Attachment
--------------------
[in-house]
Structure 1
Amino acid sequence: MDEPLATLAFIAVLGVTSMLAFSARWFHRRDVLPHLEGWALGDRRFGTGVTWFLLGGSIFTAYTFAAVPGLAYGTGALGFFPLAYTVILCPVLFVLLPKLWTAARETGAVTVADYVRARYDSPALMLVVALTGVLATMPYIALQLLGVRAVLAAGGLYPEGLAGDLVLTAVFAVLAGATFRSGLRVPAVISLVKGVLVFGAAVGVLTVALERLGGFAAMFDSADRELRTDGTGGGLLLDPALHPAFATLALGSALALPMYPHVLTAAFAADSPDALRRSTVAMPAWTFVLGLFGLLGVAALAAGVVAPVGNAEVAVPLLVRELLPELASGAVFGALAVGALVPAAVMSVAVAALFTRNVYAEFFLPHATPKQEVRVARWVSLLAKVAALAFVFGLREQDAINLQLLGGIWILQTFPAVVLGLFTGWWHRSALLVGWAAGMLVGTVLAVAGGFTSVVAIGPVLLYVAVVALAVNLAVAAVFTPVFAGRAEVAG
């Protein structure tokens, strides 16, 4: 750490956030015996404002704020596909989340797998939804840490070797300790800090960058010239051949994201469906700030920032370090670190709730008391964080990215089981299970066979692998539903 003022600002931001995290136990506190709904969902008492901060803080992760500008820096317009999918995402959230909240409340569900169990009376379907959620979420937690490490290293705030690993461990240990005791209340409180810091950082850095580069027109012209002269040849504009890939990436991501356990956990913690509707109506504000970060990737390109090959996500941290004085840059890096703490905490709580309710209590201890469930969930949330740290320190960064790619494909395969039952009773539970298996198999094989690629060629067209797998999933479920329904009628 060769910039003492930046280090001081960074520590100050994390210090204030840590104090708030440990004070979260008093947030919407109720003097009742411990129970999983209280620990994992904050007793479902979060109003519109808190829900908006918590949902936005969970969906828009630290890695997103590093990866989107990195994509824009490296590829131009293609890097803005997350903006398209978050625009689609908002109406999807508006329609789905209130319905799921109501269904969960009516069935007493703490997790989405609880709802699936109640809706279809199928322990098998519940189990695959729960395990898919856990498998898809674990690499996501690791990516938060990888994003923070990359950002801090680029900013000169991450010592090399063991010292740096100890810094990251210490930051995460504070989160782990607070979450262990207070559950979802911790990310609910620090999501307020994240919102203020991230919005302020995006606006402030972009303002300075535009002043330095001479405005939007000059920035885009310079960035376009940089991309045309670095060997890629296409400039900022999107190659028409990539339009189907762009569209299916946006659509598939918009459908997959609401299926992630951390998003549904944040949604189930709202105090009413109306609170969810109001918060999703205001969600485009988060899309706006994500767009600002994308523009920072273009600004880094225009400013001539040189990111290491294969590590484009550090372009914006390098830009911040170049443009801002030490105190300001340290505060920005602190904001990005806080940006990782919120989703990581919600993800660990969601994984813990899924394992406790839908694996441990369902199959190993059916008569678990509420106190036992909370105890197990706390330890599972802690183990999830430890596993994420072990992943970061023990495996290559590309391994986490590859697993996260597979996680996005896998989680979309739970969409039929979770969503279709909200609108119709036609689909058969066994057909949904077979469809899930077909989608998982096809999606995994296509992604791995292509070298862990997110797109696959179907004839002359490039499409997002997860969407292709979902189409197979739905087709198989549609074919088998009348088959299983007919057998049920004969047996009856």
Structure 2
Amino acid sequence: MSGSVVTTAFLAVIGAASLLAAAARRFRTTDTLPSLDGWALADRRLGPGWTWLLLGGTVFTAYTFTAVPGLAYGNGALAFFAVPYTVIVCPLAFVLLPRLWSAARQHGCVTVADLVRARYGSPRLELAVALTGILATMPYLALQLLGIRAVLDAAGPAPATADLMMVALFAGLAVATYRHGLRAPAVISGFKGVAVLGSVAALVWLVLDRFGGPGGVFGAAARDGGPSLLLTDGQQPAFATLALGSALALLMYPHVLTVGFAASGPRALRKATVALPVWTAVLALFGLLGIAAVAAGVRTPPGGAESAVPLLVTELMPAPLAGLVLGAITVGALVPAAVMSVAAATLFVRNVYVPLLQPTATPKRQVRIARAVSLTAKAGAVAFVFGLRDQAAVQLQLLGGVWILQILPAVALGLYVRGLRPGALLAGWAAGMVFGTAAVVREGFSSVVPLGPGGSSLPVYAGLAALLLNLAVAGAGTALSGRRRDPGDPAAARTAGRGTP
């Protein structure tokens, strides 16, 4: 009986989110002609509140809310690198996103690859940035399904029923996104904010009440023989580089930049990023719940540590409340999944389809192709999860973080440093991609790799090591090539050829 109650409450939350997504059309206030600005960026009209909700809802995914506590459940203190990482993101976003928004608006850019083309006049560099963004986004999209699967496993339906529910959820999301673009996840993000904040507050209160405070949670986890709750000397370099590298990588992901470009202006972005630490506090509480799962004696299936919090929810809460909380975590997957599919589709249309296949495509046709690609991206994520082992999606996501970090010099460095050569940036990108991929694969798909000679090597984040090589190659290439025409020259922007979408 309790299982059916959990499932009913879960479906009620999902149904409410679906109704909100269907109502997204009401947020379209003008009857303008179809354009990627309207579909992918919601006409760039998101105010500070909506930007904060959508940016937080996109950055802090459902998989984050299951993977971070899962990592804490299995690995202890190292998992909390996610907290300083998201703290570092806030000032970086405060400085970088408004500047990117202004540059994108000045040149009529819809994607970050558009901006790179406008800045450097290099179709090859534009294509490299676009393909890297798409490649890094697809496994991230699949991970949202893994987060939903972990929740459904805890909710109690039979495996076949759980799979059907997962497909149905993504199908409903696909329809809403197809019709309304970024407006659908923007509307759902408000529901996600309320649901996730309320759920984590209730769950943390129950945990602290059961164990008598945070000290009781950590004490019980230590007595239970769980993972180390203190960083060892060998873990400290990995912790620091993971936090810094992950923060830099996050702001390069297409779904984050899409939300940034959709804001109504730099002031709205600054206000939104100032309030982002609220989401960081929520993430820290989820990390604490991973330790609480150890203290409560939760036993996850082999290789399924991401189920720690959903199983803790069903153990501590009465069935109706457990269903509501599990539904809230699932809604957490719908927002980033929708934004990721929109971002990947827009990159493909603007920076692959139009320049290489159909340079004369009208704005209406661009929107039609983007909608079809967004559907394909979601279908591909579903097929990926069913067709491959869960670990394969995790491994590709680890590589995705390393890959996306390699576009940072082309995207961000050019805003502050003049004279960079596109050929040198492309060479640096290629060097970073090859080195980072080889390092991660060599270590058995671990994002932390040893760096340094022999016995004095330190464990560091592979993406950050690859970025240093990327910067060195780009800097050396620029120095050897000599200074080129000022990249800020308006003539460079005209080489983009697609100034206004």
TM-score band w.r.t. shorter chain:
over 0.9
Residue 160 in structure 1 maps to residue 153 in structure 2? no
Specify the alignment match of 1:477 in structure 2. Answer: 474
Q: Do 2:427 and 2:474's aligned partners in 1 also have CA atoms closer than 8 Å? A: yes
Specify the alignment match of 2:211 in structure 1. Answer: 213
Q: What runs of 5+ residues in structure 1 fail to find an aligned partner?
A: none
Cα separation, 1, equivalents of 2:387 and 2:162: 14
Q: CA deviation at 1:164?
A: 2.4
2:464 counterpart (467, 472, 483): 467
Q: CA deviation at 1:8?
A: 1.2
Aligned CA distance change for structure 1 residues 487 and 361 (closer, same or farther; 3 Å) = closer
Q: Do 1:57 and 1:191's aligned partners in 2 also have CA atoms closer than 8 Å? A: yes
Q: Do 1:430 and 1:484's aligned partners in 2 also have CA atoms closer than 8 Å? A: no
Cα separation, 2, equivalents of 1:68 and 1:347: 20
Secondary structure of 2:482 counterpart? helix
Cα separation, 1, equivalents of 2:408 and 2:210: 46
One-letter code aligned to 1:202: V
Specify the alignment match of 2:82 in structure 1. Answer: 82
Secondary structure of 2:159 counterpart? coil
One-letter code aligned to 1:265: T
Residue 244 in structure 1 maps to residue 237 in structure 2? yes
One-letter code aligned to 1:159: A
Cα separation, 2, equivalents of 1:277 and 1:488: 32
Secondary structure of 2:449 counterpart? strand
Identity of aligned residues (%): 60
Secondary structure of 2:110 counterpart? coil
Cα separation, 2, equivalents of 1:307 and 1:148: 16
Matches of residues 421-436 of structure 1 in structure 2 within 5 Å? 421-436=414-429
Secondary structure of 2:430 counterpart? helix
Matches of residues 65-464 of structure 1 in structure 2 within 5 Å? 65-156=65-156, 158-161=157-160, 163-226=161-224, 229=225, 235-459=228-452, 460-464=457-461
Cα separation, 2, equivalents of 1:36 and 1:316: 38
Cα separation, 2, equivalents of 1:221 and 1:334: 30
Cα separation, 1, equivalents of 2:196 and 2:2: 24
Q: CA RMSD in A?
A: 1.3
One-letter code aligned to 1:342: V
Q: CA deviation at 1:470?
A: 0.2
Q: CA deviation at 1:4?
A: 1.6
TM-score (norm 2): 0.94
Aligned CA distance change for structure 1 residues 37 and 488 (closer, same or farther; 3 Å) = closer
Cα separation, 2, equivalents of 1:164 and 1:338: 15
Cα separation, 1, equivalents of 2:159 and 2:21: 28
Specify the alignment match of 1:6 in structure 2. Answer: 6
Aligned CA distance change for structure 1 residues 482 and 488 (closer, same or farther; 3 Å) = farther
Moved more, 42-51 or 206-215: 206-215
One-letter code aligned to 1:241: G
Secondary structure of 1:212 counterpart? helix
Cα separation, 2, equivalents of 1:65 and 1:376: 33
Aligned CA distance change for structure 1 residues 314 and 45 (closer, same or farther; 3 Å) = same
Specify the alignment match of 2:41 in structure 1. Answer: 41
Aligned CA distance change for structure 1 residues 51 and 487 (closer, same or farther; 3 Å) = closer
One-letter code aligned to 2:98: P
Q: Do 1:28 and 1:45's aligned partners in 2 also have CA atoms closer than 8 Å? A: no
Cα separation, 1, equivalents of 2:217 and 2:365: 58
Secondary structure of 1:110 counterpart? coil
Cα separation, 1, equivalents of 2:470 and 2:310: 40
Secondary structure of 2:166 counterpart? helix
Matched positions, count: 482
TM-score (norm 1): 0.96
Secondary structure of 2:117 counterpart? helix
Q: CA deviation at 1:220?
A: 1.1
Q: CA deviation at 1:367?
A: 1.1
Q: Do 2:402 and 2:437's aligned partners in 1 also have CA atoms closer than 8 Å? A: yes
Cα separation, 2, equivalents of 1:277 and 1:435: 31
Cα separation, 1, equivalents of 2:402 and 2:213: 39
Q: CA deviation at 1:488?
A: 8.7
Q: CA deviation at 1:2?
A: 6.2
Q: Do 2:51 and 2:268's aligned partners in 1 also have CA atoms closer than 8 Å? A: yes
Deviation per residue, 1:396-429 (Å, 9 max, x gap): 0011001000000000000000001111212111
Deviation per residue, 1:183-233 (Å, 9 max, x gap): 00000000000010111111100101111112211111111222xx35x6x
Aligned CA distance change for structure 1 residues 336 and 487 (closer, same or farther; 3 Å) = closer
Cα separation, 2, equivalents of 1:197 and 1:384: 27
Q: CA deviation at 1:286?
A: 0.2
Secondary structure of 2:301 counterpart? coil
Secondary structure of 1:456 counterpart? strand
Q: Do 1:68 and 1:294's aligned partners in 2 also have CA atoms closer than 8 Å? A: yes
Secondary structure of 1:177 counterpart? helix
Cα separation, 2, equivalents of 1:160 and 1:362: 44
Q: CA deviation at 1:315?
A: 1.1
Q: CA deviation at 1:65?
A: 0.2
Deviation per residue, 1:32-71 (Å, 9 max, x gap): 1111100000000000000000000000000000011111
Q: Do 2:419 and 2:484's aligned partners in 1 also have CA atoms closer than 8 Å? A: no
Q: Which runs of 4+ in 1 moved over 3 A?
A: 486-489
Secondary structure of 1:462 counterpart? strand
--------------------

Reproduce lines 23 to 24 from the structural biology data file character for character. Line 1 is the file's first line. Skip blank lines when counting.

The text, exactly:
Q: Do 1:57 and 1:191's aligned partners in 2 also have CA atoms closer than 8 Å? A: yes
Q: Do 1:430 and 1:484's aligned partners in 2 also have CA atoms closer than 8 Å? A: no